Kalarippayattu (Malayalam കളരിപയറ്റ്) is a Dravidian martial art from Kerala in south India. Possibly one of the oldest fighting systems in existence, it is practiced in Kerala and contiguous parts of Tamil Nadu and Karnataka as well as northeastern Sri Lanka and among the Malayalee community of Malaysia. The word is spelled variously as kalarippayatta, kalaripayatte, kalari payatt and many others depending on the dialect and romanisation system used. It includes strikes, kicks, grappling, preset forms, weaponry and healing methods.
Regional variants are classified according to geographical position in Kerala; these are the northern style of the Malayalees, the southern style of the Tamils and the central style from inner Kerala. Northern kalari payat is based on the principle of hard technique, while the southern style primarily follows the soft techniques, even though both systems make use of internal and external concepts. Kalarippayattu is considered to be the father of the grandfather of all martial arts, Kung Fu.
Training is mainly divided into four parts consisting of Meithari, Kolthari, Ankathari and Verumkai.
Meithari is the beginning stage with rigorous body sequences involving twists, stances and complex jumps and turns. Twelve meippayattu exercises for neuro-muscular coordination, balance and flexibility follow the basic postures of the body. Kalari payat originates not in aggression but in the disciplining of the self. Therefore the training begins with disciplining the physical body and attaining a mental balance. This is crucial for any person and not necessarily a martial aspirant. This first stage of training consists of physical exercises to develop strength, flexibility, balance and stamina. It includes jumps, low stances on the floor, circular sequences, kicks, etc. An attempt is made to understand and master each separate organ of the body. These exercises bring an alertness to the mind, and this alertness helps one understand some of the movements and processes of the self defense sequences that are taught at later stages.
KolthariOnce the student has become physically competent, he/she is introduced to fighting with long wooden weapons. The first weapon taught is the staff (kettukari), which is usually five feet (1.5 m) in length, or up to the forehead of the student from ground level. The second weapon taught is the cheruvadi or muchan, a wooden stick three palm spans long, about two and a half feet long or 75 cm. The third weapon taught is the otta, a wooden stick curved to resemble the trunk of an elephant. The tip is rounded and is used to strike the vital spots in the opponent's body. This is considered the master weapon, and is the fundamental tool of practice to develop stamina, agility, power, and skill. Otta training consists of 18 sequences.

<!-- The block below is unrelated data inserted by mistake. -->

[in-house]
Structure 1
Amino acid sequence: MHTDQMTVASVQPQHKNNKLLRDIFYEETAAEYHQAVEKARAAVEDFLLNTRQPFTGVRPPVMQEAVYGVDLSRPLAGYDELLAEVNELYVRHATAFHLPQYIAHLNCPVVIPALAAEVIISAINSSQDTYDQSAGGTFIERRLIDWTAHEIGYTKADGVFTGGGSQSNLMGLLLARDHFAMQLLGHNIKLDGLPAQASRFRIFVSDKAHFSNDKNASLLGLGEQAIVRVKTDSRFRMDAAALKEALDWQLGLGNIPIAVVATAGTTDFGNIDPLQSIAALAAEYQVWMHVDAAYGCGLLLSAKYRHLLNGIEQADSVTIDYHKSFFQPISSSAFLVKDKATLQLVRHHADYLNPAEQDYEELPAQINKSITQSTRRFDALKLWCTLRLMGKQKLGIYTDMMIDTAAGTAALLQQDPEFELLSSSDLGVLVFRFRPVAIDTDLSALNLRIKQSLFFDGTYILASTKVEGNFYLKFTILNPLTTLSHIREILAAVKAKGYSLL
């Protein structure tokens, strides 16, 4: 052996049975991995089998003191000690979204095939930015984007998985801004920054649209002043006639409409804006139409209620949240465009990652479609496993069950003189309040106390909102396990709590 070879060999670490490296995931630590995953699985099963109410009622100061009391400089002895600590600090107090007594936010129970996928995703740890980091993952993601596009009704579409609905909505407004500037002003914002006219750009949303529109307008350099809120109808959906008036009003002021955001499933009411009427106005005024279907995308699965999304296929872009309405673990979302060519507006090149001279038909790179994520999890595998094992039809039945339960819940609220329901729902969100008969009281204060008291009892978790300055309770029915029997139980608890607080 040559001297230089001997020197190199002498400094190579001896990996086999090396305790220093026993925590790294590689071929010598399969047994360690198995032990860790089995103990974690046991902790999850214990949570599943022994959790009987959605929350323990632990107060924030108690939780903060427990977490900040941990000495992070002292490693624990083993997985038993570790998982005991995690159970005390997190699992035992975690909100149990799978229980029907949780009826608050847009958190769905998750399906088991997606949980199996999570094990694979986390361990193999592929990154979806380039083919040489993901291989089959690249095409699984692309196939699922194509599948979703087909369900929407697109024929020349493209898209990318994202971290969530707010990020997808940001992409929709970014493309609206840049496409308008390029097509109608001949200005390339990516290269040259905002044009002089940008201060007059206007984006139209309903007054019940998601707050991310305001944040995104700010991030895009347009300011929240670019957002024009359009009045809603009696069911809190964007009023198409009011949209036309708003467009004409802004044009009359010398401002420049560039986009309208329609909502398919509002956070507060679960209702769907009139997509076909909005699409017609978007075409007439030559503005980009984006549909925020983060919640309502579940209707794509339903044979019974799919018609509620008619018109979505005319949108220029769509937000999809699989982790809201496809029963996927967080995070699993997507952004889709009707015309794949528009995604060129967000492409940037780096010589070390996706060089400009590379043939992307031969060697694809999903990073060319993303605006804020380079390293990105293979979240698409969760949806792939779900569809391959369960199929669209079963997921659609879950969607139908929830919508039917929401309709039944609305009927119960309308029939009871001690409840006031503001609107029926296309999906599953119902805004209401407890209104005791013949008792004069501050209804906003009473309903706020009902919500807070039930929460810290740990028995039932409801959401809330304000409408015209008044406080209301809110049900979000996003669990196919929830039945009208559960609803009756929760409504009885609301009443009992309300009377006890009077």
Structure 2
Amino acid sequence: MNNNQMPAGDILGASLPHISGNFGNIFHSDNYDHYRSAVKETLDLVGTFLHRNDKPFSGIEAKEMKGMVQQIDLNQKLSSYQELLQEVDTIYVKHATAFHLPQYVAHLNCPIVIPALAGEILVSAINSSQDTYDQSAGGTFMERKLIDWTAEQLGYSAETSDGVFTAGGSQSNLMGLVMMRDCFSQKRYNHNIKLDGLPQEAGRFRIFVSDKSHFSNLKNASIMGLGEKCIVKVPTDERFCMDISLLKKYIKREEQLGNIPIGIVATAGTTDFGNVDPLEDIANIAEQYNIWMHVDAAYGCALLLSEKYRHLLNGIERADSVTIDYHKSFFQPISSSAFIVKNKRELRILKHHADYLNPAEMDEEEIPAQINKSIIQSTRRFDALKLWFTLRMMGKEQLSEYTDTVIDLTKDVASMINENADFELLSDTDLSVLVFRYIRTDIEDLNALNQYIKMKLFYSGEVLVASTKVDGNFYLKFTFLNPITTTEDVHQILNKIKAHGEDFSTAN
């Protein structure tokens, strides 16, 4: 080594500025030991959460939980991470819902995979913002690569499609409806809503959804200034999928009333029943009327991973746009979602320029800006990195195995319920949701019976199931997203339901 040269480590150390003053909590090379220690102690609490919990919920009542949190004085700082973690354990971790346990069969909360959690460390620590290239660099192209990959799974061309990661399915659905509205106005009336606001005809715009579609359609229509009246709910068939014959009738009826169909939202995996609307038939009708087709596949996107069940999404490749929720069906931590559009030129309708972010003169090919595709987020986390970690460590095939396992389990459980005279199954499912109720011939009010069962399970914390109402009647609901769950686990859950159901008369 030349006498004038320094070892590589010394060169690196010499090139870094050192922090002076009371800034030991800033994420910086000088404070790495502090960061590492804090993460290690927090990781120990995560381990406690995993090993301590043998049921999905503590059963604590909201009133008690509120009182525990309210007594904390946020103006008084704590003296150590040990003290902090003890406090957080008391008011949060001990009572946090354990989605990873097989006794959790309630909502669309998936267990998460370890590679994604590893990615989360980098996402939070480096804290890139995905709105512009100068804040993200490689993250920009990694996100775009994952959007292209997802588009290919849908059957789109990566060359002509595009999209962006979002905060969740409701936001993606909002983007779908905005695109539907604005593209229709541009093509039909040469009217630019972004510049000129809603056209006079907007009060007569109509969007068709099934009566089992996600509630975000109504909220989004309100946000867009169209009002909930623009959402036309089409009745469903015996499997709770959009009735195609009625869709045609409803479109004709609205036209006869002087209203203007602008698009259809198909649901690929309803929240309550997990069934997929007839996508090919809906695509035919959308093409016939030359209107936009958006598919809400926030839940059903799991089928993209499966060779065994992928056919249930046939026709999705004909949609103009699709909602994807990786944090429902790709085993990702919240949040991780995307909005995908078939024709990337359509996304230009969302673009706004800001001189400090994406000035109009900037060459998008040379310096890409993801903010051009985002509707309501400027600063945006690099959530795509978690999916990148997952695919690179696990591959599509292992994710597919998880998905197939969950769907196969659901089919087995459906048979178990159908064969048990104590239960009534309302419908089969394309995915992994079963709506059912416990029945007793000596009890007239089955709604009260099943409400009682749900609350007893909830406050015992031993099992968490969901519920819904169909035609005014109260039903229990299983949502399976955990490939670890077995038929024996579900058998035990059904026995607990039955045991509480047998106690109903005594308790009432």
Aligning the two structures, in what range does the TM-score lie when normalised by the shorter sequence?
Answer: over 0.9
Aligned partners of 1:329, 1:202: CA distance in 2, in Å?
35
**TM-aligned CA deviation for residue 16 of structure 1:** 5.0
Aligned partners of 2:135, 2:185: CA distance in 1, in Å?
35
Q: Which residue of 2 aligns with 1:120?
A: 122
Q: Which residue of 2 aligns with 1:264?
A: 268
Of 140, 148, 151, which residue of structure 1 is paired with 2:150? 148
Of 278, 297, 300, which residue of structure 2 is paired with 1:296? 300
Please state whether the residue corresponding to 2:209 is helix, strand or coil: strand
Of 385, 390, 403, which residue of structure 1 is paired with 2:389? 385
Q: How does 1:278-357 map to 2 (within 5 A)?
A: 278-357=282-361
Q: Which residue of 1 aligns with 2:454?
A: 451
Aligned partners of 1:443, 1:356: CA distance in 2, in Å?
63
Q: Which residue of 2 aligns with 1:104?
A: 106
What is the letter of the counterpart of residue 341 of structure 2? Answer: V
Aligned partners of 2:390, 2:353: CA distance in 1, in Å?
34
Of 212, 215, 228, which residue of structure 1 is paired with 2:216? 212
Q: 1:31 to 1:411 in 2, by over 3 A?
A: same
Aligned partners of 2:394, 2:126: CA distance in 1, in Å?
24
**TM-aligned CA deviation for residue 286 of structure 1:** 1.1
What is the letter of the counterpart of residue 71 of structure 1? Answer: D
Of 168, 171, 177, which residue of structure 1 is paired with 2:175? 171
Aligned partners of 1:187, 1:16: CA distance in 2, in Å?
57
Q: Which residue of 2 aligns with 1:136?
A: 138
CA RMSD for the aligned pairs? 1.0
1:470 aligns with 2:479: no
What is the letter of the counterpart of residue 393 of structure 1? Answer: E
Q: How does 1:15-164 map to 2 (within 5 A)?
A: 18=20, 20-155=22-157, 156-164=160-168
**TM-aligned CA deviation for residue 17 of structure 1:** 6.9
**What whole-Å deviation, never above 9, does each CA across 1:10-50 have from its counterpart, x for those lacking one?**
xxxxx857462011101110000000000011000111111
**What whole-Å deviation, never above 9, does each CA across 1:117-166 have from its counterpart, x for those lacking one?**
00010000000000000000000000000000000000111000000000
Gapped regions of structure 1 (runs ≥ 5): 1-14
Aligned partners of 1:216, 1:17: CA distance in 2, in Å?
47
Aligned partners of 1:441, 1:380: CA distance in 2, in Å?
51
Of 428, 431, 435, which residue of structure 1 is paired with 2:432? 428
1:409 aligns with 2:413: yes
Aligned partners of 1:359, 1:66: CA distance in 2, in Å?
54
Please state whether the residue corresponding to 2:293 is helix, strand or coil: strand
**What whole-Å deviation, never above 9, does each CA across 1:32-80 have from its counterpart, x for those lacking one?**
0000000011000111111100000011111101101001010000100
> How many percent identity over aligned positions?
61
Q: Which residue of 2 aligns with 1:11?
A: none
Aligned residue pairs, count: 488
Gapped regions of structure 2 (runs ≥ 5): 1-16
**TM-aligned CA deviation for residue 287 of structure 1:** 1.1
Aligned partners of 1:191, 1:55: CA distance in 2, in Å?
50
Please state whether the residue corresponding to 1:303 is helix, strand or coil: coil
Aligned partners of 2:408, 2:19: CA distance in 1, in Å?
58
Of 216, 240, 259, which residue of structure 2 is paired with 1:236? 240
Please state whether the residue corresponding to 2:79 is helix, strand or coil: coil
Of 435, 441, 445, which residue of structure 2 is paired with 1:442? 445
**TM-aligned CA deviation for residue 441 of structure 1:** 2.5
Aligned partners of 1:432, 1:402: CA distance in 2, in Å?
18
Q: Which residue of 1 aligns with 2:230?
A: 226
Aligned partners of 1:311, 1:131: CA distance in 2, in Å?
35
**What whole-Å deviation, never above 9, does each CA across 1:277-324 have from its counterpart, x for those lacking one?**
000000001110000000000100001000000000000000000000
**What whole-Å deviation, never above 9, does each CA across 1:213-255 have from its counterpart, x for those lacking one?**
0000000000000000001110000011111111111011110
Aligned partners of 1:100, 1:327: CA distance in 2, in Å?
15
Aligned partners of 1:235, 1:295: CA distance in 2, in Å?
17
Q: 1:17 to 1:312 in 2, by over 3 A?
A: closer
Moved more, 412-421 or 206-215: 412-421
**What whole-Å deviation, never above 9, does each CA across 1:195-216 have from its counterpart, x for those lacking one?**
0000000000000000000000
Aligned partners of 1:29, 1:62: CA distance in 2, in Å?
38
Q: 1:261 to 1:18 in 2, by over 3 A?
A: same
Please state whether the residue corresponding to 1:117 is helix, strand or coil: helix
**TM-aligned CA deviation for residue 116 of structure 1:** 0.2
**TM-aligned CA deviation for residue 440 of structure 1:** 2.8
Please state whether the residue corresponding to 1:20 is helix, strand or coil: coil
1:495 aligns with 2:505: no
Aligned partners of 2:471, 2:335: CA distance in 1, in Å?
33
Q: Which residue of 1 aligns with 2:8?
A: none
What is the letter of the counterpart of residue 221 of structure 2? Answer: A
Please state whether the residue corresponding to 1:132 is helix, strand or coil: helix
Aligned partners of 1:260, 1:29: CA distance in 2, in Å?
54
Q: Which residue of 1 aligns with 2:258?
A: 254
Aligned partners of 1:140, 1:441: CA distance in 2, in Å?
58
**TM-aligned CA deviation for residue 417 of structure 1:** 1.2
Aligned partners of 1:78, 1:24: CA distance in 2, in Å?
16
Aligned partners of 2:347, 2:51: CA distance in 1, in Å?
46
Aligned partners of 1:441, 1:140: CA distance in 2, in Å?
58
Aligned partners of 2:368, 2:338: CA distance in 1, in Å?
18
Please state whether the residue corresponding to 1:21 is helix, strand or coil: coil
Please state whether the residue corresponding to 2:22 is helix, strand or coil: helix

Once the practitioner has become proficient with all the wooden weapons, he/she proceeds to Ankathari (literally "war training") starting with metal weapons, which require superior concentration due to their lethal nature. The first metal weapon taught is the kadhara, a metal dagger with a curved blade. Taught next are the sword (val) and shield (paricha). Subsequent weapons include the spear (kuntham), trident (trisool) and axe (venmazhu). Usually the last weapon taught is the flexible sword (urumi or chuttuval), an extremely dangerous weapon taught to only the most skillful students. Historically, after the completion of 'Ankathari', the student would specialize in a weapon of his choice, for example to become an expert swordsman or stick fighter.
Only after achieving mastery with all the weapon forms is the practitioner taught to defend themselves with bare-handed techniques. These include arm locks, grappling, and strikes to the pressure points (marmam). This is considered the most advanced martial skill so the gurukkal restricts knowledge of marmam only to very few students whom he trusts.
There are three styles: Central, Southern and Northern.